Workers at Drummond Co., Colombia’s second-biggest thermal coal producer, may strike as early as July 20 after rejecting the company’s latest pay offer.
About 3,000 port and mine workers overwhelmingly rejected Drummond’s offer of a 4.5 percent wage increase, said Humberto Suarez, Sintramienergetica’s union negotiator. Union leaders will study the company’s response before deciding whether to go on strike, he said.
“We have the votes to strike, but we are waiting to see what the company does,” Suarez said late yesterday in a phone interview from Santa Marta, Colombia.
A strike would cost the government 2 to 3 billion pesos ($1.1 million to $1.6 million) a day in lost royalties, according to Mining Ministry estimates, and could hurt the government’s attempt to reverse a slowdown in growth. Coal is Colombia’s biggest export after oil.
“When a project like this stops, the impact is huge,” Javier Garcia, director of corporate mining at the Ministry of Mines and Energy, said in a July 17 interview in Medellin. “We are working to resolve the problems quickly.” Colombia’s Labor Ministry will broker a meeting between the two sides today.
The company didn’t reply to an e-mail seeking comment sent outside normal business hours.
On July 12 Drummond offered workers a three-year pay deal of a 4.5 percent pay rise, followed by an increase of 1.25 percent plus inflation in the second year, then inflation plus 1.5 percent. Workers were seeking an increase of about 8 percent, union official Alberto Solano said July 12.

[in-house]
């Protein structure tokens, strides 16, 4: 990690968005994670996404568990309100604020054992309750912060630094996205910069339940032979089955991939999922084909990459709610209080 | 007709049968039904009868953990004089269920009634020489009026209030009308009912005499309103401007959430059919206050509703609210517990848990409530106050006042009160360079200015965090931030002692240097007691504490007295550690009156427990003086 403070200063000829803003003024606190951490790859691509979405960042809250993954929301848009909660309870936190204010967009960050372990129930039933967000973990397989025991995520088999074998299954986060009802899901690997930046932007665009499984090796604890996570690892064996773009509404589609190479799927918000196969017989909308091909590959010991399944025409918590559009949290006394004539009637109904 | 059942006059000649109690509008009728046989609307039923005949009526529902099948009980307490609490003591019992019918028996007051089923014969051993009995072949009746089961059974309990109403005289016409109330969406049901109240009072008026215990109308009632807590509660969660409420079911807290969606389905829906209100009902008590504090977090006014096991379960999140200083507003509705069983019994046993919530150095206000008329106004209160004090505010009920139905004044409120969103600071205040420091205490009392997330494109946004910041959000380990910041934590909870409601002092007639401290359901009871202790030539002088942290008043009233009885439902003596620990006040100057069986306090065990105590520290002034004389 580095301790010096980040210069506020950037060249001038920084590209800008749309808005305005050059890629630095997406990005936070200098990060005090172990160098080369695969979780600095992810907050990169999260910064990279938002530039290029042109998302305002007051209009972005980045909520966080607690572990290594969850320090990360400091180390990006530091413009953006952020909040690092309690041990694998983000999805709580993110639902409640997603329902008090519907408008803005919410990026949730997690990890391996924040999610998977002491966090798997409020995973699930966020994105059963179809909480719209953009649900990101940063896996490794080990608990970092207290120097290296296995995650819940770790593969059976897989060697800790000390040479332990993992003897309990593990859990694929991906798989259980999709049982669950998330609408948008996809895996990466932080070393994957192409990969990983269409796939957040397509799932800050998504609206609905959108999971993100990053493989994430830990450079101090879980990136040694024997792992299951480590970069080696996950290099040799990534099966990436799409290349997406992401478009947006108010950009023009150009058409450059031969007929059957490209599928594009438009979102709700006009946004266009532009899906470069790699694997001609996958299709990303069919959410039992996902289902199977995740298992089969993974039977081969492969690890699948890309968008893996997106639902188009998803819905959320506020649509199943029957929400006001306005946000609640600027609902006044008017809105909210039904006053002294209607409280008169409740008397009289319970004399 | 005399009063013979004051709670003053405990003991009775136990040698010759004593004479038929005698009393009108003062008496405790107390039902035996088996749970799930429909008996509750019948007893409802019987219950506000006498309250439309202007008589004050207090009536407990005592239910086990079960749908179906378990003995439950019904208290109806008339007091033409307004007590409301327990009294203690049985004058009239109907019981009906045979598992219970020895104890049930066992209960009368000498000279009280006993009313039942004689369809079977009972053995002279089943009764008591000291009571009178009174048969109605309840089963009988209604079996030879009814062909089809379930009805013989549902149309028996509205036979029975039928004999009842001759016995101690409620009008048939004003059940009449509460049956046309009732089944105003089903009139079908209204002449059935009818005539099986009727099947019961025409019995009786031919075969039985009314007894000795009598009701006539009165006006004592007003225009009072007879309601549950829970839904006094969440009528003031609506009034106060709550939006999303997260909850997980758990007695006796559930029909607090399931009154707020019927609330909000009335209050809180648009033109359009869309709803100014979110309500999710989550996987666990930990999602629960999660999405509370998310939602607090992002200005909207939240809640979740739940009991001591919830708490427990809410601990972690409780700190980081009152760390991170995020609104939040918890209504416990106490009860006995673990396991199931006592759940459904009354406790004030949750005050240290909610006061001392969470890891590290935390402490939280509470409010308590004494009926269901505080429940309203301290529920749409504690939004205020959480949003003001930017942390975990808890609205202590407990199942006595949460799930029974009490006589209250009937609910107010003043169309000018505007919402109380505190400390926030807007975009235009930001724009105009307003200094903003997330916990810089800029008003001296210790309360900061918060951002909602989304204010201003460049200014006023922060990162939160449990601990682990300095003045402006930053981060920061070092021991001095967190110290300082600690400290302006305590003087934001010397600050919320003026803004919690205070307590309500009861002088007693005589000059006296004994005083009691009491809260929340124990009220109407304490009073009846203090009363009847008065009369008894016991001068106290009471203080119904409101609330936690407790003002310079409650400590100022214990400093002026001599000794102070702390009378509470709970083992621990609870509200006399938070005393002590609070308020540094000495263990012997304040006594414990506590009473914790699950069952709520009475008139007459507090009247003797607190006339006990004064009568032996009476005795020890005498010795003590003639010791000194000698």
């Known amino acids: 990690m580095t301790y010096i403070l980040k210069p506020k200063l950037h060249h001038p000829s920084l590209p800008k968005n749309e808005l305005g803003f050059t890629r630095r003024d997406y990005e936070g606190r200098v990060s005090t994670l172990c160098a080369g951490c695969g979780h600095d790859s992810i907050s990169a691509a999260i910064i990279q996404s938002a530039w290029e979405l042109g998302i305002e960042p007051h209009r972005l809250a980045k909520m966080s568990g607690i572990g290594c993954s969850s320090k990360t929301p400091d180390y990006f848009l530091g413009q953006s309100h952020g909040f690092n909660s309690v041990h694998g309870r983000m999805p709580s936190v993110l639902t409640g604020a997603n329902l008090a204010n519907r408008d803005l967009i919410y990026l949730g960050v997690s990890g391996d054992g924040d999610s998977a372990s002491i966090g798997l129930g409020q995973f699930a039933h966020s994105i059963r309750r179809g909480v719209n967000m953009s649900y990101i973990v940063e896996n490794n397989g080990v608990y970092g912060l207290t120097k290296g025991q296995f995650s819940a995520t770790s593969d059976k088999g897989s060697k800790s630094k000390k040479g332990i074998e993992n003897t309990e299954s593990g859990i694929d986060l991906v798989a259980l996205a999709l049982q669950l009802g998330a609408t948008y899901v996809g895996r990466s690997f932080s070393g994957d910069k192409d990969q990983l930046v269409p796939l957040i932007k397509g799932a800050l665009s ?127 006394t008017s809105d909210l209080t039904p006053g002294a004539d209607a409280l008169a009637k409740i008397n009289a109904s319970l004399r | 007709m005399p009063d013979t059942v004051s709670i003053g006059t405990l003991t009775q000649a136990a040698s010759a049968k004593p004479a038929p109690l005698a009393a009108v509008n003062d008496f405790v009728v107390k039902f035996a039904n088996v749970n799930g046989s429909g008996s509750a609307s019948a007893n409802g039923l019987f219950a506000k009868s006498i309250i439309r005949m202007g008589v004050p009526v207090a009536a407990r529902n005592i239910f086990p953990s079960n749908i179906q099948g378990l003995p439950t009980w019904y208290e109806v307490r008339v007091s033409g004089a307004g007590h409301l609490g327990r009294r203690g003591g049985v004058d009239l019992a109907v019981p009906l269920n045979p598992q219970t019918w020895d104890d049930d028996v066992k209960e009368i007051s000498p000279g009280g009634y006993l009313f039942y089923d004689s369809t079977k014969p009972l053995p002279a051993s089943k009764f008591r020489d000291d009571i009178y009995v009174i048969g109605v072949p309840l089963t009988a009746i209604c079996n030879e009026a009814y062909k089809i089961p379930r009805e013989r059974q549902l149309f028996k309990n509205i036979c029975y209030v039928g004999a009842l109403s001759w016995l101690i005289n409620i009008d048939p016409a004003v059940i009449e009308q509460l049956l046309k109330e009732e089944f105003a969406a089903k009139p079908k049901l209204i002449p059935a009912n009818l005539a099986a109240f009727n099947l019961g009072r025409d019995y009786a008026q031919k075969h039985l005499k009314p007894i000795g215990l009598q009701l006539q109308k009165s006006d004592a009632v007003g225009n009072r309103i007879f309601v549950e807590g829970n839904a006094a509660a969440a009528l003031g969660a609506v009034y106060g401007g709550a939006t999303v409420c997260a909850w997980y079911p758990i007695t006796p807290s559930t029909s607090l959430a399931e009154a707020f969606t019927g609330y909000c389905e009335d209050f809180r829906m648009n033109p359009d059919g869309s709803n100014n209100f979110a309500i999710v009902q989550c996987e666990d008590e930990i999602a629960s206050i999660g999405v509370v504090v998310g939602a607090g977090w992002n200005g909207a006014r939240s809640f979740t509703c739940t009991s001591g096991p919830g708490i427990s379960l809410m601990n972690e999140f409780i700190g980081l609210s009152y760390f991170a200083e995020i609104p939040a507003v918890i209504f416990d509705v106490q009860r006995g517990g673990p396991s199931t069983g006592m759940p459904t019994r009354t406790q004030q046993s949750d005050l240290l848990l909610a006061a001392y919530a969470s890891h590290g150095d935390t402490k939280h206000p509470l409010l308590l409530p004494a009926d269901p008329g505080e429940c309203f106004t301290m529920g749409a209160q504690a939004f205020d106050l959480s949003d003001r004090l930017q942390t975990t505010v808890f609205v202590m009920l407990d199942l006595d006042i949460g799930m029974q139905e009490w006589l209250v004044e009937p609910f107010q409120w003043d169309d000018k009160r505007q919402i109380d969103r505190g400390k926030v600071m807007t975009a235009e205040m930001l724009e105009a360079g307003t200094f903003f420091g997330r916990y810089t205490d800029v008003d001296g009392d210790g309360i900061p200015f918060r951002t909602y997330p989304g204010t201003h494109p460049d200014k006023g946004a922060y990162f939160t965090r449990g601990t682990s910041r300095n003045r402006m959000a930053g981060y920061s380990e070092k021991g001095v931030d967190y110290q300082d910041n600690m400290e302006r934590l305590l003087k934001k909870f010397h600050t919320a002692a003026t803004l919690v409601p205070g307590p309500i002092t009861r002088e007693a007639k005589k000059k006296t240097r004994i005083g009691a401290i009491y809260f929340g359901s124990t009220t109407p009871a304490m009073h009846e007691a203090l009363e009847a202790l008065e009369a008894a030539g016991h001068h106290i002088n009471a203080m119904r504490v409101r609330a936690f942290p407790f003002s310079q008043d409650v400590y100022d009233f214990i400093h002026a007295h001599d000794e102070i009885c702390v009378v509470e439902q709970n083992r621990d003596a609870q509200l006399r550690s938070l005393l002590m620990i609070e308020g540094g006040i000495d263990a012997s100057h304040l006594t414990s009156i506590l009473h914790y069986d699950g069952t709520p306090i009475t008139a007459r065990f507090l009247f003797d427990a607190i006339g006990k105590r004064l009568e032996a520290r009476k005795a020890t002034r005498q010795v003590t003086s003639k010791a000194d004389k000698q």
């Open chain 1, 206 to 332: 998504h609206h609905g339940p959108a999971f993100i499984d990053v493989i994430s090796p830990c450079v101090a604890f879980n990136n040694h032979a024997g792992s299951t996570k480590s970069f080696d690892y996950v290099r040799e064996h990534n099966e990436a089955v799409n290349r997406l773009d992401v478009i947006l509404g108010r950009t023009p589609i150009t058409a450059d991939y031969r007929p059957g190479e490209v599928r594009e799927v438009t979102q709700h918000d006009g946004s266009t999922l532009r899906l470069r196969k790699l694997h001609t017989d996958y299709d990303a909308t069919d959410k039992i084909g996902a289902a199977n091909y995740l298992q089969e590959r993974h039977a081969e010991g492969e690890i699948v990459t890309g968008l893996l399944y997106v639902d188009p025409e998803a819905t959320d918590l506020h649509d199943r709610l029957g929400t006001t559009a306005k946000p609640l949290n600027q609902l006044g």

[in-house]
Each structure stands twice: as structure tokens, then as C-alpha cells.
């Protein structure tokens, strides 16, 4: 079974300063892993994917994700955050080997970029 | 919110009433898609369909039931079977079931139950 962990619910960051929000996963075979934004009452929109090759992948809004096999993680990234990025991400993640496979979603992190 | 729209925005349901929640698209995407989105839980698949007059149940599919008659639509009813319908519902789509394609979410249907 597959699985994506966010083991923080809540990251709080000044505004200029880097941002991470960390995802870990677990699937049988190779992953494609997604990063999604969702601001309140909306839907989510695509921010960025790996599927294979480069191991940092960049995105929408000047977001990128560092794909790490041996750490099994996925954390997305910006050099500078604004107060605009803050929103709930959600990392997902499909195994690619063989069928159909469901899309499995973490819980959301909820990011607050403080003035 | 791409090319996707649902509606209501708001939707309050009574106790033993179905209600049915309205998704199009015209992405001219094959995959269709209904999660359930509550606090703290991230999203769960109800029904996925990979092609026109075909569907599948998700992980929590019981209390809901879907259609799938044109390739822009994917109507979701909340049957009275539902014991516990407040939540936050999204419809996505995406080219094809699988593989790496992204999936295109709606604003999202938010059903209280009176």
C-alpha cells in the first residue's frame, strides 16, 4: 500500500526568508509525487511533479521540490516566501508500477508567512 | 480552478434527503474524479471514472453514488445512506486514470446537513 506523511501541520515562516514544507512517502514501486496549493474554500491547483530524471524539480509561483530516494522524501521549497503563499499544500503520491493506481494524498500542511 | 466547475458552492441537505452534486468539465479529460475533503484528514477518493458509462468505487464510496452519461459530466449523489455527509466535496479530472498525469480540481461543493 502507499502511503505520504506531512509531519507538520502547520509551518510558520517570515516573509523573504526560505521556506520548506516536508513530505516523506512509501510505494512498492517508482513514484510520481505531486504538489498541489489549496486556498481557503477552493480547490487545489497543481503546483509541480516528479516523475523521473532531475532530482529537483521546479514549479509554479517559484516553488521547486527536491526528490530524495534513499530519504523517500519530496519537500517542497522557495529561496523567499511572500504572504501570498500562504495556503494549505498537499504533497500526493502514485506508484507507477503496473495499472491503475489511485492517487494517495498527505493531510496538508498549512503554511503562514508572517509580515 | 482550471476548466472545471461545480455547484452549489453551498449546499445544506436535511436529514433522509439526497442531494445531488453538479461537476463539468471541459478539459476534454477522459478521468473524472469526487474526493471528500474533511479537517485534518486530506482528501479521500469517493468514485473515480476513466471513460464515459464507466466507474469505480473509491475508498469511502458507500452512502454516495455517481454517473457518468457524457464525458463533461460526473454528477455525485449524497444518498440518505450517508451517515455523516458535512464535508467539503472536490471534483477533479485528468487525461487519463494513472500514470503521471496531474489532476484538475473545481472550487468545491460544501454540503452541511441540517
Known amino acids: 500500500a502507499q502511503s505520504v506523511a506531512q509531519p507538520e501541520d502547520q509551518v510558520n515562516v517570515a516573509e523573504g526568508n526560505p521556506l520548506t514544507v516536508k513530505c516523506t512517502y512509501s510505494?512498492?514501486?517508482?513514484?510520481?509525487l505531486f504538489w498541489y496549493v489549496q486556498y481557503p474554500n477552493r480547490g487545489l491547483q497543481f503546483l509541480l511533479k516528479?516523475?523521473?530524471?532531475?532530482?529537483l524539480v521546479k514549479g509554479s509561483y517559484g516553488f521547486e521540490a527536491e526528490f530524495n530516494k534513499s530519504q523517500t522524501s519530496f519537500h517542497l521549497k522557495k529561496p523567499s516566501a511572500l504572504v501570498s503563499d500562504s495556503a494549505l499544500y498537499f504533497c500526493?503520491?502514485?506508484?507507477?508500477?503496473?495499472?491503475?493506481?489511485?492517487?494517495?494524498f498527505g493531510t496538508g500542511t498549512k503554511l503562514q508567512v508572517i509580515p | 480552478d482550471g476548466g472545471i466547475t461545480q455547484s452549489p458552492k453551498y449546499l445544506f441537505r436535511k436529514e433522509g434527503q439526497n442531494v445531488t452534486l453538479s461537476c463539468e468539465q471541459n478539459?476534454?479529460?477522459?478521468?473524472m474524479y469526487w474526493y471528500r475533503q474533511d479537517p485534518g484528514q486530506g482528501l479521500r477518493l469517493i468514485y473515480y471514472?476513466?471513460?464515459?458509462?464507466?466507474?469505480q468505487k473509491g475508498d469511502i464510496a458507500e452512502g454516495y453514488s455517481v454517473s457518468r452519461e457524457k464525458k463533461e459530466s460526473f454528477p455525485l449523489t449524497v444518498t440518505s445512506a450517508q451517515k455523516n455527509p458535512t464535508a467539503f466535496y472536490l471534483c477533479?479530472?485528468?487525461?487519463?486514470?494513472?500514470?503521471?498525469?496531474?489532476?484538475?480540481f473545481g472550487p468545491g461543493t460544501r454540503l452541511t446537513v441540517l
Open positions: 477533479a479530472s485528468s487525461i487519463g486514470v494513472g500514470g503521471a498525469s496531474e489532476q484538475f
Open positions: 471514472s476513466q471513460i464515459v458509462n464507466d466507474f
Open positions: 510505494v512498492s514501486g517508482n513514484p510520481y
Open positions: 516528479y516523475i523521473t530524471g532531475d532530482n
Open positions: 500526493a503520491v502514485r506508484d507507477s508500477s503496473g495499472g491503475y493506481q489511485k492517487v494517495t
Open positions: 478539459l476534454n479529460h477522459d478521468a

Exports from Drummond were interrupted in February, after the company’s loading license was suspended when a sinking barge dumped coal into the sea. On Feb. 7, workers at Cerrejon, Colombia’s biggest coal mine, which is jointly owned by BHP Billiton Ltd., Anglo American Plc and Xstrata Plc, went on strike for more than a month in a dispute over pay and benefits.
Colombia’s central bank cited “paralysis” in the Andean nation’s coal industry in a decision to cut its benchmark interest rate half a percentage point to 3.25 percent at the March policy meeting. The Finance Ministry estimates that the slump in coal output cut first-quarter economic growth by half a percentage point.
The economy expanded 2.8 percent in the first quarter from the year earlier, compared with 4.8 percent growth in Peru and 4.1 percent in Chile.